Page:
In this example, citric acid, ascorbic acid and a combination of the two were incorporated in durum flour which was then processed into spaghetti in the same manner as Example one. The spaghetti was ground and subjected to the above described measurement for browning. The data is tabulated below:

From this data, it is apparent that brown pigment formation is at a maximum where there is no citric acid present. It is also apparent that the presence of ascorbic acid in the absence of citric acid likewise has no effect on the brown pigment formation. However, where citric acid is present and where citric acid in combination with ascorbic acid is present, there is a reduction in brown pigment formation.

EXAMPLE 3 Ascorbic acid alone and a combination of ascorbic acid plus citric acid were incorporated in an aged flour of high oxidative stress and high suseptability to browning. The samples were processed into spaghetti in the same manner as in Example 1 and tested for pigment content. The color difference due to browning was read- 1ly apparent. The data is tabulated below:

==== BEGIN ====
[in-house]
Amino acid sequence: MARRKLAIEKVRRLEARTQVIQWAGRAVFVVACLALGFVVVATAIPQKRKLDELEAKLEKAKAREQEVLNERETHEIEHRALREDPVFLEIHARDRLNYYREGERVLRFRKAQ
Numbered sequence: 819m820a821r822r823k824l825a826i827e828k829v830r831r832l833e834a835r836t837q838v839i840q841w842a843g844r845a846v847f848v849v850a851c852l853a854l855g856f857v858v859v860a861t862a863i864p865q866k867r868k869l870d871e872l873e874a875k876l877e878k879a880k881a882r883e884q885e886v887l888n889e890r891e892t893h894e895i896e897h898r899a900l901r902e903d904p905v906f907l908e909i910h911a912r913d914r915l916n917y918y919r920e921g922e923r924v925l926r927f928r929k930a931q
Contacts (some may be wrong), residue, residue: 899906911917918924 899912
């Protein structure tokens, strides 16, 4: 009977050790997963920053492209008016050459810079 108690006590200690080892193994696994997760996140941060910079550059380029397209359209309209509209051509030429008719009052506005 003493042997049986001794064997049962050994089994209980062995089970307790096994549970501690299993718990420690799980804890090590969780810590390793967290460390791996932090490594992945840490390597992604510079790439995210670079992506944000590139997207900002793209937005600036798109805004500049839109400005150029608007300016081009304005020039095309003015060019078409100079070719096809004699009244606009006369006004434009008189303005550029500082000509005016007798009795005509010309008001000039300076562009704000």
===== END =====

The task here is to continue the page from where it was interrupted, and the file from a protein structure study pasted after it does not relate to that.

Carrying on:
TABLE III Carotenoid Ascorbic acid Citric acid Pigment re- Color p.p.m. p.p.m. tained, percent 0 0 55.0 Dark brown. 200 0 64. 0 o. 200 400 73. 0 Light brown.

EXAMPLE 4 Flour was milled from durum wheat of high sprout damage. This flour is susceptible to browning and to oxidative loss of carotenoid pigment during ageing and processing into spaghetti. Two samples of this flour were processed into spaghetti in the method of Example 1; one a control containing no additives and the other containing p.p.m. of ascorbic acid plus 1000 p.p.m. of citric acid. The resultant spaghetti was compared for color and carotenoid pigment content with the following results: